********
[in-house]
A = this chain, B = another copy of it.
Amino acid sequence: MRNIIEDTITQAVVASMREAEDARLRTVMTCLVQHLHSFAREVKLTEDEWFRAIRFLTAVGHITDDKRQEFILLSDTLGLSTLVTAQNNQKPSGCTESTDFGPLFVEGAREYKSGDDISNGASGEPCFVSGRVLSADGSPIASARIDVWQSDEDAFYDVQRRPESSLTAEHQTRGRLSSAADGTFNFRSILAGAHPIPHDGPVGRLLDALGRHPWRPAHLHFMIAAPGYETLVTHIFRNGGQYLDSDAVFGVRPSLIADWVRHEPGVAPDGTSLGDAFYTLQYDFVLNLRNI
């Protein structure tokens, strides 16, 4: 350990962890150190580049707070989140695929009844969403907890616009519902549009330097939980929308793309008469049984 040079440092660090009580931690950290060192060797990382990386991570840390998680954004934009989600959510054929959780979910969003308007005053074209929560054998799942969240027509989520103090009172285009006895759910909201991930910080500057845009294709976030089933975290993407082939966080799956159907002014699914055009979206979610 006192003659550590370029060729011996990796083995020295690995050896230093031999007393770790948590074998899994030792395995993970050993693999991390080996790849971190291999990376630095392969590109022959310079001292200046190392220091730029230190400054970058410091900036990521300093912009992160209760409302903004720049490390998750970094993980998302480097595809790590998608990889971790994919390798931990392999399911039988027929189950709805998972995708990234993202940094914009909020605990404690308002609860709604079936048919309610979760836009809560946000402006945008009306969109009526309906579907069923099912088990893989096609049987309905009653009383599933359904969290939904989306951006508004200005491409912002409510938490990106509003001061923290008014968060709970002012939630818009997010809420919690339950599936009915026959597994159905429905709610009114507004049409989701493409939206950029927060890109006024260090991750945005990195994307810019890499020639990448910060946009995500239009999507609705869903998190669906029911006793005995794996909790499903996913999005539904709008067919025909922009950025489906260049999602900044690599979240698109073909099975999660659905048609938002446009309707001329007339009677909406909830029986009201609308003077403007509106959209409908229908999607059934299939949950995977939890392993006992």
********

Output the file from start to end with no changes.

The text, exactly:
[in-house]
A = this chain, B = another copy of it.
Amino acid sequence: MRNIIEDTITQAVVASMREAEDARLRTVMTCLVQHLHSFAREVKLTEDEWFRAIRFLTAVGHITDDKRQEFILLSDTLGLSTLVTAQNNQKPSGCTESTDFGPLFVEGAREYKSGDDISNGASGEPCFVSGRVLSADGSPIASARIDVWQSDEDAFYDVQRRPESSLTAEHQTRGRLSSAADGTFNFRSILAGAHPIPHDGPVGRLLDALGRHPWRPAHLHFMIAAPGYETLVTHIFRNGGQYLDSDAVFGVRPSLIADWVRHEPGVAPDGTSLGDAFYTLQYDFVLNLRNI
């Protein structure tokens, strides 16, 4: 350990962890150190580049707070989140695929009844969403907890616009519902549009330097939980929308793309008469049984 040079440092660090009580931690950290060192060797990382990386991570840390998680954004934009989600959510054929959780979910969003308007005053074209929560054998799942969240027509989520103090009172285009006895759910909201991930910080500057845009294709976030089933975290993407082939966080799956159907002014699914055009979206979610 006192003659550590370029060729011996990796083995020295690995050896230093031999007393770790948590074998899994030792395995993970050993693999991390080996790849971190291999990376630095392969590109022959310079001292200046190392220091730029230190400054970058410091900036990521300093912009992160209760409302903004720049490390998750970094993980998302480097595809790590998608990889971790994919390798931990392999399911039988027929189950709805998972995708990234993202940094914009909020605990404690308002609860709604079936048919309610979760836009809560946000402006945008009306969109009526309906579907069923099912088990893989096609049987309905009653009383599933359904969290939904989306951006508004200005491409912002409510938490990106509003001061923290008014968060709970002012939630818009997010809420919690339950599936009915026959597994159905429905709610009114507004049409989701493409939206950029927060890109006024260090991750945005990195994307810019890499020639990448910060946009995500239009999507609705869903998190669906029911006793005995794996909790499903996913999005539904709008067919025909922009950025489906260049999602900044690599979240698109073909099975999660659905048609938002446009309707001329007339009677909406909830029986009201609308003077403007509106959209409908229908999607059934299939949950995977939890392993006992």